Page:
PEN International meets the Dalai Lama
5 May 2017 – In an audience with Jennifer Clement, President of PEN International, and Carles Torner, Executive Director, His Holiness the Dalai Lama said yesterday in Dharamsala that he was pleased to hear of PEN International´s constant support for Tibetan writers. He also told PEN that the defence of the exiled Tibetan people was the defence of Universal Human Rights and underscored that political rights were also an issue as Tibetans have the right to self-government. At the core of his vision, however, is how to save Tibet from the destruction of the land and rivers by Chinese authorities. These rivers, he explained, descend from Tibet and give life of over one billion people.
When the president of PEN told him about PEN’s work for writers in exile, he said, “I give you my full support.” His Holiness also had a message for the PEN community urging them to “practice a peaceful mind for a compassionate world.”
The audience was part of a visit that PEN International made to the Tibetan Writers Abroad PEN Centre, based in Dharamsala, India. The delegation met with many Tibetan authorities including the Deputy Speaker of the Tibetan Parliament in Exile, the Minister of Education, and the Director of Tibet Policy Institute. Meetings were also held with His Holiness the Karmapa, Kirti Rinpoche and Samdhong Rinpoche and the delegation also went to temples and nunneries where activities are organised by PEN Tibet.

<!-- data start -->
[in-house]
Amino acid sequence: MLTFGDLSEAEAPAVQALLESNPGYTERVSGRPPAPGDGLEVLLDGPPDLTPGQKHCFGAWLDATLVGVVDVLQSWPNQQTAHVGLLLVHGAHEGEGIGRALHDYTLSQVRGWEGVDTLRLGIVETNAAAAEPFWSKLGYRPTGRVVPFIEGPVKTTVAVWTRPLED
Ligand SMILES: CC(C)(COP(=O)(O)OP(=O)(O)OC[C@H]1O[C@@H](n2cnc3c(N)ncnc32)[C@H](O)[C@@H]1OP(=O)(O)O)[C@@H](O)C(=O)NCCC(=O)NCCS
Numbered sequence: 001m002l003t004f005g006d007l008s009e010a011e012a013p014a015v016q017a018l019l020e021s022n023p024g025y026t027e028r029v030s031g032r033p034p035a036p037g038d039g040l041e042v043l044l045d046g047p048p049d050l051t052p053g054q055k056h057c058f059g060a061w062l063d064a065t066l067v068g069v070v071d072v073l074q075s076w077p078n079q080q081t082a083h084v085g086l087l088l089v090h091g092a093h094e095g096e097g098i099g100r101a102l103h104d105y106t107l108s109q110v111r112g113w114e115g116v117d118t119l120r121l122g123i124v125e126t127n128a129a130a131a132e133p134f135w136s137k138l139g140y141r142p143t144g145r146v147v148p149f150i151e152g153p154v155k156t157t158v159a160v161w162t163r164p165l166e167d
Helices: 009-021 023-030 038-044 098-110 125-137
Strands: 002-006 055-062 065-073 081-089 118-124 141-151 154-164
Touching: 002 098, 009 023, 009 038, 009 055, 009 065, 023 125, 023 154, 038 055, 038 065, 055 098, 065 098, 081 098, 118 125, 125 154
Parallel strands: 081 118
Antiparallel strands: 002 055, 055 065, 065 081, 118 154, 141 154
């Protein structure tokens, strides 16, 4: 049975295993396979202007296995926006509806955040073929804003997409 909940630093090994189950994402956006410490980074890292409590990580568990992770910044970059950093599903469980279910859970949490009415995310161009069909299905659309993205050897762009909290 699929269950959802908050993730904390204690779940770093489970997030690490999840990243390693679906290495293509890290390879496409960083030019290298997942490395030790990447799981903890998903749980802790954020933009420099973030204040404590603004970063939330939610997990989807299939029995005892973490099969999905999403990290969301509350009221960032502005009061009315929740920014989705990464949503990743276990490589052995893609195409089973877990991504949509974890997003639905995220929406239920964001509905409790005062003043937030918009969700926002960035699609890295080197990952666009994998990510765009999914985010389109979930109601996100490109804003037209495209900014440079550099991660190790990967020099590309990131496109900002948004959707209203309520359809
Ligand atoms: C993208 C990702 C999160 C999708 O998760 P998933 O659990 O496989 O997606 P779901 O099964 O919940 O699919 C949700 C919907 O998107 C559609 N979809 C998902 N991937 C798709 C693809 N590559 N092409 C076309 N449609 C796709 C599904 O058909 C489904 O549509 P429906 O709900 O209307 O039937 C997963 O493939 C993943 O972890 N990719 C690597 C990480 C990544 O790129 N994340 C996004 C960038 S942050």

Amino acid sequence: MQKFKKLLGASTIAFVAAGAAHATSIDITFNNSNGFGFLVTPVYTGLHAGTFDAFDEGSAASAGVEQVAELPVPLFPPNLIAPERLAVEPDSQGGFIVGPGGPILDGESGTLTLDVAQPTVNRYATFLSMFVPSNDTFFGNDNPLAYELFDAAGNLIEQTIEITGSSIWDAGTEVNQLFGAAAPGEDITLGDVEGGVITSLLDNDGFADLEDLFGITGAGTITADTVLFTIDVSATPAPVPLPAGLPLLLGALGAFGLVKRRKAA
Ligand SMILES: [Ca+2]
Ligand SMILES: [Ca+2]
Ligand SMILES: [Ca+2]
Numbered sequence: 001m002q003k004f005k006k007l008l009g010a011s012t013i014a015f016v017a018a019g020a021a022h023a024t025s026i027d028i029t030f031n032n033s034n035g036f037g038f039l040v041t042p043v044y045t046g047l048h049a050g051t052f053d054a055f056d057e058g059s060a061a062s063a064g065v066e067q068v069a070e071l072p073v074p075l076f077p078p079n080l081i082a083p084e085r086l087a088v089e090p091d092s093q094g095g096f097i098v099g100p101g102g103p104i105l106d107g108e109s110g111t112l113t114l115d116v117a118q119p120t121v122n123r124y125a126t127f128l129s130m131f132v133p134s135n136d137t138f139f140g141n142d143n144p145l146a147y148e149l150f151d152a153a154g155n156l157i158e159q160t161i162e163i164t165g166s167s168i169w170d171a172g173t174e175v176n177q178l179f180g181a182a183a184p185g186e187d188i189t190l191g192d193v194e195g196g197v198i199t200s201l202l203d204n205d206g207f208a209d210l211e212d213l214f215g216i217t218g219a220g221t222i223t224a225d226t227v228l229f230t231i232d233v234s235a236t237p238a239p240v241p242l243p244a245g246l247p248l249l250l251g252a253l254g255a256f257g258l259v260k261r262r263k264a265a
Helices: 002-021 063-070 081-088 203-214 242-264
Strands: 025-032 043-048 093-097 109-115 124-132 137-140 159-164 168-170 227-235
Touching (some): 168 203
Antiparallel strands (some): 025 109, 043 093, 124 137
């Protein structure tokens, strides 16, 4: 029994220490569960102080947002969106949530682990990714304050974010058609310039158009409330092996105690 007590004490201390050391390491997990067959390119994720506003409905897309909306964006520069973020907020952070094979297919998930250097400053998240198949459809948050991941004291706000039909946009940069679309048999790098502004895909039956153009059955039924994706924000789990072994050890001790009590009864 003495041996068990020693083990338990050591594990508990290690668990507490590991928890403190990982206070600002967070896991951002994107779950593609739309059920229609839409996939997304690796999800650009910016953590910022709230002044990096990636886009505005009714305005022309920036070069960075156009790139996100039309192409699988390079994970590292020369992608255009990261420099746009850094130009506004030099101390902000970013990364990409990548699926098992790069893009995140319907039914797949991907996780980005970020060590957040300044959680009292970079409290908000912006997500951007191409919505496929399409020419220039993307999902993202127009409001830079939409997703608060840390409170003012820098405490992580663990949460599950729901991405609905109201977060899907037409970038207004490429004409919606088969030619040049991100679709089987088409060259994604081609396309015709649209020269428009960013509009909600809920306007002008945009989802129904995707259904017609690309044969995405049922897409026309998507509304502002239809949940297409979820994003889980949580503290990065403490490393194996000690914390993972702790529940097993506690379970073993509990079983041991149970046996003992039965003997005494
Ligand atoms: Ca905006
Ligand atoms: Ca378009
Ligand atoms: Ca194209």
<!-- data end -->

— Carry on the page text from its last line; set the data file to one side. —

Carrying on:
In an assembly attended by over sixty members of the centre, the PEN Tibet President Lhoudoup Palsang, Secretary Nyima Tso, Writers in Prison Committee Chair Lokdun and the Translation and Linguistic Rights Committee, Chair Budda Kyab presented the recent activities of PEN Tibet: four books have been published, which were smuggled out of Tibet and edited and printed in India; a detailed report on freedom of expression and imprisoned writers in Tibet; the monthly newsletter, which is sent to the Tibetan writers in France, the US, Canada and several Indian cities; as well as workshops held in institutes, monasteries and nunneries. In April, at the PEN Translation and Linguistic Rights Committee meeting in Bangalore, India, PEN Tibet presented a report (by the Tibetan Centre for Human Rights and Democracy) on the systematic replacement of the Tibetan language by Mandarin Chinese in the Tibetan Schools.